- Compensation for wrongful dismissal is a payment of, or in lieu of, damages for breach of contract It is different from an award for "unfair dismissal" which is a statutory entitlement (normally calculated by formula plus subject to a statutory limit)
- A dismissal can be both "wrongful" (ie a breach of contract) and "unfair" (ie unfair pursuant to ERA 1996 s.94) at the same time. In that case, any compensation paid by the employer for "wrongful dismissal" (eg pay in lieu of notice) will normally be set off against the compensatory award part of an unfair dismissal award .
- The most usual situation in which wrongful dismissal is claimed is where the employee is dismissed without notice . In that situation damages are normally limited to the net amount that the employee would have earned during the minimum period of notice which the employer could have lawfully given under the terms of the contract.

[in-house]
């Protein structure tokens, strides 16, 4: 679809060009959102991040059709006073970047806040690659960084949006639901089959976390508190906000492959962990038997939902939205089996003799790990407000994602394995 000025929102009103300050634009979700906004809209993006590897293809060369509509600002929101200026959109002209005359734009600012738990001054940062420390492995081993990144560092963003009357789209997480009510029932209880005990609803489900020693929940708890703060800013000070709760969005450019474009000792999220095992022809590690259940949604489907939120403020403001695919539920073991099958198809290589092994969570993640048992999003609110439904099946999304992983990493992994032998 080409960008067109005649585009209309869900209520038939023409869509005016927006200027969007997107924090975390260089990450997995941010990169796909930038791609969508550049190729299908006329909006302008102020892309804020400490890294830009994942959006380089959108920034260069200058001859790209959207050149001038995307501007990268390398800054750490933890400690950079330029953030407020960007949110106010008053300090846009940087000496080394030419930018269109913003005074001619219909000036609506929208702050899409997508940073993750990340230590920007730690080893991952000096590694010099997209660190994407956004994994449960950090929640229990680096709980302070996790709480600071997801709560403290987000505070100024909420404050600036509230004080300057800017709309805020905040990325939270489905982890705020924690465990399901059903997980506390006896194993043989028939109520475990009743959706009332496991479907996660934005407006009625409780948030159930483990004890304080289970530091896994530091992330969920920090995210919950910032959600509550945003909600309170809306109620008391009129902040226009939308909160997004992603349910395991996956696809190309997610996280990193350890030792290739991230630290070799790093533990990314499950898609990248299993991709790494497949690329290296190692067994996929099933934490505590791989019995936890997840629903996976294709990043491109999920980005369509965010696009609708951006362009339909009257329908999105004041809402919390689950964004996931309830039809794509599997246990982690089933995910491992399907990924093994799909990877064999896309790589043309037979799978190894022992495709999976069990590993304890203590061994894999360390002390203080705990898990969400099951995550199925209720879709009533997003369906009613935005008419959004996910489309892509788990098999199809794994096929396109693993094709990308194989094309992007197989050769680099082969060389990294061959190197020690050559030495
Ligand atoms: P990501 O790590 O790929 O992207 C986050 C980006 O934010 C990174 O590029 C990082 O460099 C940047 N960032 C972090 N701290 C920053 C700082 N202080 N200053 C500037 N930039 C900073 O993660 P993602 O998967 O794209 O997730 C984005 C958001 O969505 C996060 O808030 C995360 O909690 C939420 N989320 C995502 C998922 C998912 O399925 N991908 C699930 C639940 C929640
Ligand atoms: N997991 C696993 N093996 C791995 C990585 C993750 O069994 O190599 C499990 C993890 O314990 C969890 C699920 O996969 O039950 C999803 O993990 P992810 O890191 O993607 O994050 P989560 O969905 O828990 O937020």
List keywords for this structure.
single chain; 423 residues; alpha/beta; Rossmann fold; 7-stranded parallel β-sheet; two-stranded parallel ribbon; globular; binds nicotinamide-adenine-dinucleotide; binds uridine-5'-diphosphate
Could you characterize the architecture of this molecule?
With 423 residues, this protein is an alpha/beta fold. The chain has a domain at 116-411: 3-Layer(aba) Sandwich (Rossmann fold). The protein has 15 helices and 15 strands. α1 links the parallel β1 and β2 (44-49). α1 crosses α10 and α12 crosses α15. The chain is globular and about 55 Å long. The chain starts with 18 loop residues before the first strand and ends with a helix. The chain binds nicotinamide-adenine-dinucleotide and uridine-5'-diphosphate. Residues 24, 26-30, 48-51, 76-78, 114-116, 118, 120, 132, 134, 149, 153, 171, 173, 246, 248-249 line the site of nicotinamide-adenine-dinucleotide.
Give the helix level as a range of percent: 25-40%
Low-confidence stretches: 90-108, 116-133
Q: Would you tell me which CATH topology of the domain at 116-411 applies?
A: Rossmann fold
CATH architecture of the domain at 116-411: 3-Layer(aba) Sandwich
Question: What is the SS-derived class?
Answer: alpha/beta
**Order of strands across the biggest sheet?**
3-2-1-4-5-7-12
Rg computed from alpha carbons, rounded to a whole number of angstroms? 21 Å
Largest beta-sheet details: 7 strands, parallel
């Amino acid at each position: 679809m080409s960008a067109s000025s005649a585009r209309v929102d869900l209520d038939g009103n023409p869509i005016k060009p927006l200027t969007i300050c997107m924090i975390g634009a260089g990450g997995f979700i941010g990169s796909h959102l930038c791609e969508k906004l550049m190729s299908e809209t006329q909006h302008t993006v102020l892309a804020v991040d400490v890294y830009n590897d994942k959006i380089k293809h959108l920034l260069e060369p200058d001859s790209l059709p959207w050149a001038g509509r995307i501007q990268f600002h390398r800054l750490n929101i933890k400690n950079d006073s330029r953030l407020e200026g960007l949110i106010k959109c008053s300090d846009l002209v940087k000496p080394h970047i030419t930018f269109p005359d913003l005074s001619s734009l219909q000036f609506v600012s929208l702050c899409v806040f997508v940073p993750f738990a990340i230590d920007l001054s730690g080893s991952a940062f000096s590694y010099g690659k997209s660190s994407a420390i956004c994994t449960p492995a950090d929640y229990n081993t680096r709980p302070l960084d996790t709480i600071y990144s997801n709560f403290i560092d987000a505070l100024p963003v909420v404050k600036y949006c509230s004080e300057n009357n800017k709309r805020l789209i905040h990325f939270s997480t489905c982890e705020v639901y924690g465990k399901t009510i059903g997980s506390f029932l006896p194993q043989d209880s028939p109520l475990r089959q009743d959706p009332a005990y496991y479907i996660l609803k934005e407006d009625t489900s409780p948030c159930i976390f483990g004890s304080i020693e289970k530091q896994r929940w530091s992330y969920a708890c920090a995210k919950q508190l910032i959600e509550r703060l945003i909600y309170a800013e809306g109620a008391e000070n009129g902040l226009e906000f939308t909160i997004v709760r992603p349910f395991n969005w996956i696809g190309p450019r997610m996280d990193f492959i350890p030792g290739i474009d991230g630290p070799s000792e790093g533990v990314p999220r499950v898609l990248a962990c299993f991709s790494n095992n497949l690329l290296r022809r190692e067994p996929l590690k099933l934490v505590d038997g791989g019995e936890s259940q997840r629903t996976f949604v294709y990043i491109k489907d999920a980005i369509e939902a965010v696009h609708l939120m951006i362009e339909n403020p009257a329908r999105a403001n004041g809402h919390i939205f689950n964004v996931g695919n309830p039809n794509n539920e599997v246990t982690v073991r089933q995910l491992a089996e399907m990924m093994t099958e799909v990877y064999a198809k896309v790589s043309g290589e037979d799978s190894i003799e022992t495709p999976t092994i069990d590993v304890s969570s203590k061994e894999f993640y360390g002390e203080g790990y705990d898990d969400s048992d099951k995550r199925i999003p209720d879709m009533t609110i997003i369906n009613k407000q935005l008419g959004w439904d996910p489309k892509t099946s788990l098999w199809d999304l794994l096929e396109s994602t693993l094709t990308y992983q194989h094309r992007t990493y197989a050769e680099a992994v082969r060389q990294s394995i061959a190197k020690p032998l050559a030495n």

- The first £30,000 paid as compensation for wrongful or unfair dismissal is normally exempt from tax and NI contributions .
- Companies are specifically prohibited from making payments to directors as "compensation for loss of office" without a resolution by the members of the Company Companies Act 2006, s.217. This does not prevent payments genuinely paid on account of damages for breach of contract
- Employment Tribunals have (limited) jurisdiction in wrongful dismissal cases - damages can be awarded up to £25,000